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Dan Rodricks

Dan Rodricks: Children of the world need to see fewer guns, more puppets | COMMENTARY

I offer a break today from everything awful — school shootings, urban crime, war, earthquake, illness, death, right-wing threats to American democracy — to tell you about a creative effort to enrich the lives of children. It’s what the world needs.

During the first year of the pandemic, teachers across the land faced the toughest challenge of their careers: Teaching kids at a distance. Evan Margolis, a tutor in New York City, had it even tougher. All of his young students had difficulty learning. He worried that remote learning would mean no learning at all.

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“When the pandemic hit,” he says, “I took on a full slate of students, reading, math and writing. And the youngest students had a lot of trouble focusing over Zoom.”

Margolis, a 32-year-old Pikesville native and University of Maryland grad, liked working with kids. He’d taken jobs in summer camps and theater programs. He’d worked as a nanny in Brooklyn, too.

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But his specialty was teaching children with dyslexia and other challenges. A reading specialist based in Howard County, Fran Bowman, had trained him and put him to work tutoring kids.

While his primary job was teaching, Margolis was also pursuing a career in film and television, but we’ll get to that in a minute.

First, a little more on pandemic teaching. How did Margolis keep the attention of kids who posed a challenge under normal conditions?

Answer: Puppets.

Well, actually fruit.

Fruit puppets.

“I started making little puppets and doing characters, working the lessons into scenes,” he says. “First, I just grabbed a lemon and Sharpied a face onto it, and the kids lit up. Then it was a lime, then a tennis ball.”

And a sock. He made a sock puppet, too.

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“And it worked like a charm,” he says. “I had 4- and 5- year-olds glued to the screen, ready to learn every day.”

Now, it should be noted that this talk of “puppets” and “doing characters” and “scenes” fits the Evan Margolis profile. His background is theatrical. He was in plays and musicals while a student at Beth Tfiloh Dahan Community School. At College Park, in the university’s Individual Studies Program, Margolis created his own major — character studies and design, following in the footsteps of another Maryland graduate, the late Jim Henson, creator of the Muppets. In 2009, while home from college, Margolis helped establish a community theater in Pikesville, the Beth Tfiloh Community Theater, that’s still operating. (They’re staging the musical “Newsies” in August.)

So, you get the idea — a creative, theatrical ambition on top of a practical career in teaching kids, especially those who have difficulty learning.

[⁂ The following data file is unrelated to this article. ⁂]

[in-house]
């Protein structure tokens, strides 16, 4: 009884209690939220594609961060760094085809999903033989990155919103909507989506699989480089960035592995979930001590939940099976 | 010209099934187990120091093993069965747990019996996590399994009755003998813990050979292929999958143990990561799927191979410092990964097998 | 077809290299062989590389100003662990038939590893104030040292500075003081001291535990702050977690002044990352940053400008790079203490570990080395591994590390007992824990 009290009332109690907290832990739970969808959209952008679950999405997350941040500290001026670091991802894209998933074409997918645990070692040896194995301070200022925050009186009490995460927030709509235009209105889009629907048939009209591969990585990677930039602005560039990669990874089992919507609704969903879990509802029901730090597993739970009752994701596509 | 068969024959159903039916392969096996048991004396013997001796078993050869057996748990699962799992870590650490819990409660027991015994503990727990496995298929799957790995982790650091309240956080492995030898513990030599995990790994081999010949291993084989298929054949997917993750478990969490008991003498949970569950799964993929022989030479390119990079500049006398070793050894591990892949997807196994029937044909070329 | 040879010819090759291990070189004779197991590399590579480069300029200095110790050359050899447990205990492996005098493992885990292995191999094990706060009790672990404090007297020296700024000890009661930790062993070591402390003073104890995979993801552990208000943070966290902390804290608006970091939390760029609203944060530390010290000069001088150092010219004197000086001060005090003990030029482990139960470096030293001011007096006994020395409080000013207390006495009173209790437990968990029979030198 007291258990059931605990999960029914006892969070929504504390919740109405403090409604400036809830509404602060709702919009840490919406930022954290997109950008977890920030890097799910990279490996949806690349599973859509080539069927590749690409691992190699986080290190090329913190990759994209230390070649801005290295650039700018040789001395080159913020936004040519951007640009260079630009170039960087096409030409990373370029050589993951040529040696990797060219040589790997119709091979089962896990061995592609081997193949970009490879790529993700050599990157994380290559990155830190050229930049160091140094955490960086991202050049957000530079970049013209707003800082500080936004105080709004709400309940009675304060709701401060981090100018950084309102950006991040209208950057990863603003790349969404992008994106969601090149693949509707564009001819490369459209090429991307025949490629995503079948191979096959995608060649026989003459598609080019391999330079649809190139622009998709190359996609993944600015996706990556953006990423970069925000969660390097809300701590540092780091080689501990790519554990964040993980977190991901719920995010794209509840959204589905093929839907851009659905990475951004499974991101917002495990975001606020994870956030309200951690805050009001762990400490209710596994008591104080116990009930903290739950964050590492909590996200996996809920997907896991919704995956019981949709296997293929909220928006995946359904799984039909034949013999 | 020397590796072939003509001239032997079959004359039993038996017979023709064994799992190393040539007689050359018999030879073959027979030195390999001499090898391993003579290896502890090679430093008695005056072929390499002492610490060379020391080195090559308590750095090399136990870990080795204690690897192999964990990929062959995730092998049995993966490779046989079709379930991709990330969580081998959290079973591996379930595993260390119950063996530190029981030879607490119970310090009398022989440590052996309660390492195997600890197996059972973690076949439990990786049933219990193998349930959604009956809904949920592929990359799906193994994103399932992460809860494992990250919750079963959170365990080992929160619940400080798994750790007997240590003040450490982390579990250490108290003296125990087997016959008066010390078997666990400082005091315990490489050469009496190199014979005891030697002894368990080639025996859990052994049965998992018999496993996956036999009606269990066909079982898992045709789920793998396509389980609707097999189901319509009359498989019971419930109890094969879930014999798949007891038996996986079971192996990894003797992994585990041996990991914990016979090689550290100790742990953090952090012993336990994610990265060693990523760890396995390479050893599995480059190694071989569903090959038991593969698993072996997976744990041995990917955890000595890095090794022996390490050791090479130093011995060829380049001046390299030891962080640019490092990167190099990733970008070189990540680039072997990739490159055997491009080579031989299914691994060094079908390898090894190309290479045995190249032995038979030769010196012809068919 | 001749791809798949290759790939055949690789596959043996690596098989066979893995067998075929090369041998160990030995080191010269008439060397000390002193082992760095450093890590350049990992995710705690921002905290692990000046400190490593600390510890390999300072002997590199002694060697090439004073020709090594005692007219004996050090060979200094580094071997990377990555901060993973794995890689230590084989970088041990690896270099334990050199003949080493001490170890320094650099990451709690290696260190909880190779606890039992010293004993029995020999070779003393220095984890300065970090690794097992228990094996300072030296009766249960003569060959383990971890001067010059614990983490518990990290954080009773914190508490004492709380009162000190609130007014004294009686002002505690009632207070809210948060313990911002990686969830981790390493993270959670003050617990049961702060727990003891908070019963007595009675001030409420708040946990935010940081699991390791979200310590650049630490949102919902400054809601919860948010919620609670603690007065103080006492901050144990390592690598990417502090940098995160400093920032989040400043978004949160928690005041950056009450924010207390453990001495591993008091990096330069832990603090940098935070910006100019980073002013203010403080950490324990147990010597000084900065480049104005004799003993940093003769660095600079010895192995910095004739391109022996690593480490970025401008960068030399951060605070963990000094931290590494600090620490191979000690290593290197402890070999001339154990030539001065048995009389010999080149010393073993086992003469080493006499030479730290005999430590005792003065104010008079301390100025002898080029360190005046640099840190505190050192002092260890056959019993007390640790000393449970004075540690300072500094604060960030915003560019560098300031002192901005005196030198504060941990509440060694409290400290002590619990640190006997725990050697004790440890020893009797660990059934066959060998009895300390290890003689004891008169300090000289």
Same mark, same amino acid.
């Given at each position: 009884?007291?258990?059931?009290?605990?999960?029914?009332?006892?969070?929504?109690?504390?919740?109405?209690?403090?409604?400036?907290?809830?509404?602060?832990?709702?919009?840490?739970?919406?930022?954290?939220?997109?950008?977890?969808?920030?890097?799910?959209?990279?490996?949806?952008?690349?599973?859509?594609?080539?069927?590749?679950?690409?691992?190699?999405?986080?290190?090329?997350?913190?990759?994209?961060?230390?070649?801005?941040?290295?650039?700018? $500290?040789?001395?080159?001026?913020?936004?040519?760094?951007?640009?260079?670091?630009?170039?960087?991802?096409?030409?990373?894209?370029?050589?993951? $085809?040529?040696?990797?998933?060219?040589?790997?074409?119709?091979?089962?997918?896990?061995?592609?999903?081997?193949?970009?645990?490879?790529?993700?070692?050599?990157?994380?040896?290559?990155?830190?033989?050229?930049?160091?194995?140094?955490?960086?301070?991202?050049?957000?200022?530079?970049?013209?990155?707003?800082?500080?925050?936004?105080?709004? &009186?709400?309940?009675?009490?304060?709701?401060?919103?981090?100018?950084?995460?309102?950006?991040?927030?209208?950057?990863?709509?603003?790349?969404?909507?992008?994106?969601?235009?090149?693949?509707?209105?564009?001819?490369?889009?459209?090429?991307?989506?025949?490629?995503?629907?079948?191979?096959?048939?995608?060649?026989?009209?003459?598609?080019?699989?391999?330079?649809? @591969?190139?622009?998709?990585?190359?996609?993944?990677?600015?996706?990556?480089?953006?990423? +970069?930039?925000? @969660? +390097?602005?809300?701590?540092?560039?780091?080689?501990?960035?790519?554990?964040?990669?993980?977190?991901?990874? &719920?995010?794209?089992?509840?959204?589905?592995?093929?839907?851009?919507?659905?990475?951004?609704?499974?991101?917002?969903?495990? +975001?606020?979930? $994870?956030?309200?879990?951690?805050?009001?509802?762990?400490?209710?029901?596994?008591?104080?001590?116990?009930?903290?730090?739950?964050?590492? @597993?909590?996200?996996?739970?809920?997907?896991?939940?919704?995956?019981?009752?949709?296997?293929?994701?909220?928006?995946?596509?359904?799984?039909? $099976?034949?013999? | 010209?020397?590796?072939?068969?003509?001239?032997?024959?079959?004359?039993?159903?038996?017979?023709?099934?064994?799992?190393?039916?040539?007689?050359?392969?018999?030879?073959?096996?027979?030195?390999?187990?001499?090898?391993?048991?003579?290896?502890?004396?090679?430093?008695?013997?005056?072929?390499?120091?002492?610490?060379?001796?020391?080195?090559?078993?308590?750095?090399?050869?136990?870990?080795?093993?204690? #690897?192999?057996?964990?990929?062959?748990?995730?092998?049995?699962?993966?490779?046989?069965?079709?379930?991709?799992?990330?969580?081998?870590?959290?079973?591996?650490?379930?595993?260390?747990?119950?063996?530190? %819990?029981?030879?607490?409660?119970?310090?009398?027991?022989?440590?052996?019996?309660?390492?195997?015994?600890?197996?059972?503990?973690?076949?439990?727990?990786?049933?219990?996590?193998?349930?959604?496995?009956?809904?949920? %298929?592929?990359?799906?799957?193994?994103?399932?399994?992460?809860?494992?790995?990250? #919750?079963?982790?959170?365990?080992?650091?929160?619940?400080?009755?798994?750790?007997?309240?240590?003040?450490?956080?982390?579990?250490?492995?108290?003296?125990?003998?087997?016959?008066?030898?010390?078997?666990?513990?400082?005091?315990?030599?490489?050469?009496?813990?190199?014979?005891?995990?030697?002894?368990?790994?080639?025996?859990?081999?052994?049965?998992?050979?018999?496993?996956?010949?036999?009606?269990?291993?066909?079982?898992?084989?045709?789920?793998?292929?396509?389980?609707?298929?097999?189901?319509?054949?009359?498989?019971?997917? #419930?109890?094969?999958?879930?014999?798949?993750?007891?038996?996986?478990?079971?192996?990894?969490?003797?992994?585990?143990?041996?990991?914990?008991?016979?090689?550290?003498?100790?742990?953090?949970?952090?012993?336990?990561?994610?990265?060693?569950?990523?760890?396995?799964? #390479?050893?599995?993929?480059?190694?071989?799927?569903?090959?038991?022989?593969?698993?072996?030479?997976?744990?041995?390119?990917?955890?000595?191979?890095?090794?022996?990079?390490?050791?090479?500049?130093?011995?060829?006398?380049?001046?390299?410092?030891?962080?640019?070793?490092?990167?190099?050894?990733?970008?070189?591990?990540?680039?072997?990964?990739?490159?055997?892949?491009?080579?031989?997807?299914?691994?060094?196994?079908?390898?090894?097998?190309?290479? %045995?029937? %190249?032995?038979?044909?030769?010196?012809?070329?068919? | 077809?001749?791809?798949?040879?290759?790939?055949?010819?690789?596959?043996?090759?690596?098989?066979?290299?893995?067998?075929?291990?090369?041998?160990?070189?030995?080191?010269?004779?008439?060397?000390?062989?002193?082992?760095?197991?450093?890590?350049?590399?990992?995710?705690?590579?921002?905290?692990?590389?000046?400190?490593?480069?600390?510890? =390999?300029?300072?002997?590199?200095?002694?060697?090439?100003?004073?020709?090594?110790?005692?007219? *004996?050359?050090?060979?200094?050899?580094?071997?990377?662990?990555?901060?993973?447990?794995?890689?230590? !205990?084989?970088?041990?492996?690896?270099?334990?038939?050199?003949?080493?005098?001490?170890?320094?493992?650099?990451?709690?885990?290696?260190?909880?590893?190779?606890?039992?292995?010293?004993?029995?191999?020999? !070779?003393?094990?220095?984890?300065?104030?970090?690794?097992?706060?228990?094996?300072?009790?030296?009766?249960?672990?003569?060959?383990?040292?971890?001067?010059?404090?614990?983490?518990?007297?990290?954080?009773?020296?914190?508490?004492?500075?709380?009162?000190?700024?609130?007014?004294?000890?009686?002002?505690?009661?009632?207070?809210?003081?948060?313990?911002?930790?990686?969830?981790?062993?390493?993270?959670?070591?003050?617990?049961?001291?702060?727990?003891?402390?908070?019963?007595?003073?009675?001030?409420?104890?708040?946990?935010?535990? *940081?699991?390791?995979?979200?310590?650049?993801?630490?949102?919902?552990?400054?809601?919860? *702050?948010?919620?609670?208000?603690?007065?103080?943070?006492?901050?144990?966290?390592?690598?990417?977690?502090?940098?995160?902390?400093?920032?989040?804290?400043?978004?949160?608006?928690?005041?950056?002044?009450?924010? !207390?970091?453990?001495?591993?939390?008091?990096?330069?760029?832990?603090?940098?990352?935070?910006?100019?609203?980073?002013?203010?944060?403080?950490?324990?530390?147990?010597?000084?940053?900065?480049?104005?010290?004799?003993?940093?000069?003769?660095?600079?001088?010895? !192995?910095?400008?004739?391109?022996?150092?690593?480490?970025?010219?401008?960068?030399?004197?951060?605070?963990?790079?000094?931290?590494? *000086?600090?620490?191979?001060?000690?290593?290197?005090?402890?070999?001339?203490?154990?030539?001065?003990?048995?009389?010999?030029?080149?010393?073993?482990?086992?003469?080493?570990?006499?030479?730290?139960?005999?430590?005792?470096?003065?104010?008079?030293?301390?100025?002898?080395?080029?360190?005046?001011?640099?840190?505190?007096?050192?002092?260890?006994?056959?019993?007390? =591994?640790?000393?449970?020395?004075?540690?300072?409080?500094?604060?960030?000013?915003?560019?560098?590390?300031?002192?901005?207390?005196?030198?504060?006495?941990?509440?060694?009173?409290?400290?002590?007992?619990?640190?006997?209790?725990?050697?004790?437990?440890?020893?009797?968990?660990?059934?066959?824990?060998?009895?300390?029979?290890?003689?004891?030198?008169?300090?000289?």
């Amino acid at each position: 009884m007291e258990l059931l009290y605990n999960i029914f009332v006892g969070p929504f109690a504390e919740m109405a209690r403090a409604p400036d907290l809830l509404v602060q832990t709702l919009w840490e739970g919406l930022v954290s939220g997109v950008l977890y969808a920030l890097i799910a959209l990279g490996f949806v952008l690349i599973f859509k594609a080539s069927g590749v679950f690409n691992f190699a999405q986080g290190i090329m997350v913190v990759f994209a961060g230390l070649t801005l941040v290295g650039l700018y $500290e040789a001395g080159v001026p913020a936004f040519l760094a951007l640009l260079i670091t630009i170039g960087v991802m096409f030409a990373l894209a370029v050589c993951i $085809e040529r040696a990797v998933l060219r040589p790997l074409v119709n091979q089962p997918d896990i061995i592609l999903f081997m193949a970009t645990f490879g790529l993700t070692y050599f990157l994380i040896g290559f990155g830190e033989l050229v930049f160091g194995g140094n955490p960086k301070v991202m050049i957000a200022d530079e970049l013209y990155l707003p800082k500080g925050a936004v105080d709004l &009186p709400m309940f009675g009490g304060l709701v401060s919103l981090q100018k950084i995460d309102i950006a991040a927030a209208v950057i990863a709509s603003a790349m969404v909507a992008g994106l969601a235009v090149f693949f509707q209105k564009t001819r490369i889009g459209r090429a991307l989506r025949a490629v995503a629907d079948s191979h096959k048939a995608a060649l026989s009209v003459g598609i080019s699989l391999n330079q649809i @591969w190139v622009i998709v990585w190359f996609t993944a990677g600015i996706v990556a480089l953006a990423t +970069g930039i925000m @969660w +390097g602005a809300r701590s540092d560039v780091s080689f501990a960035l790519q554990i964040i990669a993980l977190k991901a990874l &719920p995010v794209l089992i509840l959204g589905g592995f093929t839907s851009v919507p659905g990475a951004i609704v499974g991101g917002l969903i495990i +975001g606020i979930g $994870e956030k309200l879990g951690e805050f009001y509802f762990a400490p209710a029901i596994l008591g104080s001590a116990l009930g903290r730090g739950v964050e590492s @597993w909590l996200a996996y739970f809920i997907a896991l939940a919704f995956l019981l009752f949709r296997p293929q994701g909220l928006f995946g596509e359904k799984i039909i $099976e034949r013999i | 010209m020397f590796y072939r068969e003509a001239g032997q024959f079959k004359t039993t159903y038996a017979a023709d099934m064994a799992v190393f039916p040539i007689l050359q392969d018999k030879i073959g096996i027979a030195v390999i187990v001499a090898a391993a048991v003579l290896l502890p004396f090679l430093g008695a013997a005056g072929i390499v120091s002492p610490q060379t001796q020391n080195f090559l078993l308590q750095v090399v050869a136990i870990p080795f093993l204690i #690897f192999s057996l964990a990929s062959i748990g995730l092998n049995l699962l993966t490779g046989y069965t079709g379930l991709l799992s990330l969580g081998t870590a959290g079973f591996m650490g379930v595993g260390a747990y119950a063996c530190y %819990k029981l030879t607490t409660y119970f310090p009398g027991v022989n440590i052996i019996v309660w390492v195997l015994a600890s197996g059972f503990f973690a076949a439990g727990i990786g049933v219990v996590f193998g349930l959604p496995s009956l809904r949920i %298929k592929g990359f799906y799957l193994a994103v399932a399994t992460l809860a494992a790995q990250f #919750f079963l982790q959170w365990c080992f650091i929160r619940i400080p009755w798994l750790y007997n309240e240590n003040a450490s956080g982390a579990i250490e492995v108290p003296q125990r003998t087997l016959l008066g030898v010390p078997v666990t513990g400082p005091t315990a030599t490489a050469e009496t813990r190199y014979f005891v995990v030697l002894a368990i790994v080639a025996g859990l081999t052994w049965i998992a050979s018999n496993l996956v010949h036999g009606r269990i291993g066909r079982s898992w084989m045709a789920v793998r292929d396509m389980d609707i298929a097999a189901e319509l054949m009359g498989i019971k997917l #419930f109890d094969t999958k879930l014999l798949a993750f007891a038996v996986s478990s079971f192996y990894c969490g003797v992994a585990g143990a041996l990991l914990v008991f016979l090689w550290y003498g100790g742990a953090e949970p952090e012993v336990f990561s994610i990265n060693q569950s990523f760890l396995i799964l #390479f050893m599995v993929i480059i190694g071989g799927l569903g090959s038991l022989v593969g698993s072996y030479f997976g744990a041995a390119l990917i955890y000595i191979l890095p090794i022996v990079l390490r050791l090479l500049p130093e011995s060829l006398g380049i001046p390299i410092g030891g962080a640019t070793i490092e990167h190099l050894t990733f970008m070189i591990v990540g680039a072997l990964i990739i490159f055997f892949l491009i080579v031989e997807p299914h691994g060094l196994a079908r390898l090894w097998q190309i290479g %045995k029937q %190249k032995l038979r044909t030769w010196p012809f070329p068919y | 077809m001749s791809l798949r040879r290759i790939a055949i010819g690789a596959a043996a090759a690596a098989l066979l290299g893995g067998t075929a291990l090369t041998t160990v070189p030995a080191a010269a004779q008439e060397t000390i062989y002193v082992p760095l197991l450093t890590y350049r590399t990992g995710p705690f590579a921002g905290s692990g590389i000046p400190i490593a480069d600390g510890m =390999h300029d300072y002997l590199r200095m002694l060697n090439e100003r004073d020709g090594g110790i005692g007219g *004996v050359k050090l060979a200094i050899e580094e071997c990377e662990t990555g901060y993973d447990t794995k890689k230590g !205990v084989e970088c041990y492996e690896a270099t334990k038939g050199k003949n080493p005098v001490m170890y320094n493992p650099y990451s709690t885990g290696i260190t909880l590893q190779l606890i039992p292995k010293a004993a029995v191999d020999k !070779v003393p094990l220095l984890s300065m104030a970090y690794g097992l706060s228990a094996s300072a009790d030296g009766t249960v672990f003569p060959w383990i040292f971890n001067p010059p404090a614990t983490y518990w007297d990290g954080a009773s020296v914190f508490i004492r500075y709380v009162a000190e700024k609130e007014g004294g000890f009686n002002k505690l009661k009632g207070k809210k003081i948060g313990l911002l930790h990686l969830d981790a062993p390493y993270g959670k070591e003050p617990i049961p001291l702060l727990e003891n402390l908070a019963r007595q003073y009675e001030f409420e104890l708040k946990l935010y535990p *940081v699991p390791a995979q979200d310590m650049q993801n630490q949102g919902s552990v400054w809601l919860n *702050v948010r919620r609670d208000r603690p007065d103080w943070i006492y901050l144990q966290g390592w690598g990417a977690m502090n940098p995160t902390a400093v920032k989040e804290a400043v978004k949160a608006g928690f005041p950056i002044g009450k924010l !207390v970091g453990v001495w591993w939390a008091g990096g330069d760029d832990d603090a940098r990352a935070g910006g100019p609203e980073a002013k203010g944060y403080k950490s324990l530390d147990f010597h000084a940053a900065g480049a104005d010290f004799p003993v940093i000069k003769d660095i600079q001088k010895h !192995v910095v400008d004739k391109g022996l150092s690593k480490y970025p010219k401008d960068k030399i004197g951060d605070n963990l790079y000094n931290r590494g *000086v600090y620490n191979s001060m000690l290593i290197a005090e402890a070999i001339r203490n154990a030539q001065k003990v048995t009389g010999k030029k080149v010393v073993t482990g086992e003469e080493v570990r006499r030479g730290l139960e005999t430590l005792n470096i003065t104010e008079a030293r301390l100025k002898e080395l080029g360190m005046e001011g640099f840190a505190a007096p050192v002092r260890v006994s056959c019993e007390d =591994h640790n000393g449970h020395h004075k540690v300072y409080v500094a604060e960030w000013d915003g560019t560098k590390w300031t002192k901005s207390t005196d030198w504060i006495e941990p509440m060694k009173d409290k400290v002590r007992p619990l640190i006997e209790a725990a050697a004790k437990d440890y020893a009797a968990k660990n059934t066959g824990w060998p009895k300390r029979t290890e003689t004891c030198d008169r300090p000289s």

The puppet success during the pandemic took Margolis back to an idea that had been developing in his noodle.

“I was teaching during the day and writing and working in entertainment whenever I had the chance, mostly in independent circles,” he says. “I met some really wonderful, passionate and driven artists who would work on each other’s projects and support one another in our pursuits.”

One of them was an independent TV producer named Lauren Flack. She and Margolis tossed around the idea of creating a new show for children, and her interest in the project intensified after she watched the excellent documentary, “Won’t You Be My Neighbor?,” about children’s TV pioneer Fred Rogers.

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Margolis’ effective use of puppets would be a big part of the show. He and Flack recruited Betsy Rosen, another Baltimore native and Maryland alum, to be puppet director. Margolis’ brother, Josh, stepped in as creative producer. Brandon Steiner and Olivia Bernábe served as co-producers.

They developed a talk show for kids in the 4-to-8 age group, with Evan Margolis as host and actors playing amusing characters, and with learning built into each episode.

“We shot it in a studio in Brooklyn in two days,” Margolis says.

The show is called, “The Smack-Dab In the Middle of the Day Show,” and it launched last week on the Kartoon Channel!, a streaming platform of Genius Brands International, a children’s media company.

The first episode of “Smack-Dab” includes an amusing lesson in fractions and introduces Coral, the purple puppet, and Captain Totally Awesome (Inès Nassara). Awesome teaches Coral how to fight off stress, worry and anxiety with an original song, “Calm, Cool and Confident.” That’s a big part of the “Smack-Dab” offering, a creative take on what educators call social-emotional learning (SEL).

“So many kids missed out on essential formative social experiences due to the pandemic,” says Margolis. “A 4-year-old at this point has lived a significant amount of life in quarantine, or being protected in some way from significant social experiences.”

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Margolis consulted with a pediatric psychologist, Melanie Franklin, of Children’s Hospital of Philadelphia, to identify the most pressing, pandemic-related needs of kids, then address them on the show.

“The show dives deep into topics like anxiety management, self-confidence, common fears like doctors or the dark, and it provides practical and fun ways for [kids] to integrate these SEL skills,” Margolis says. “My goal for the show, which is the same goal I have for each one of my teaching sessions, is that every kid should feel a little better about themselves and the world after watching an episode.”

I’m a little older than the show’s target audience, but it certainly had that effect on me.


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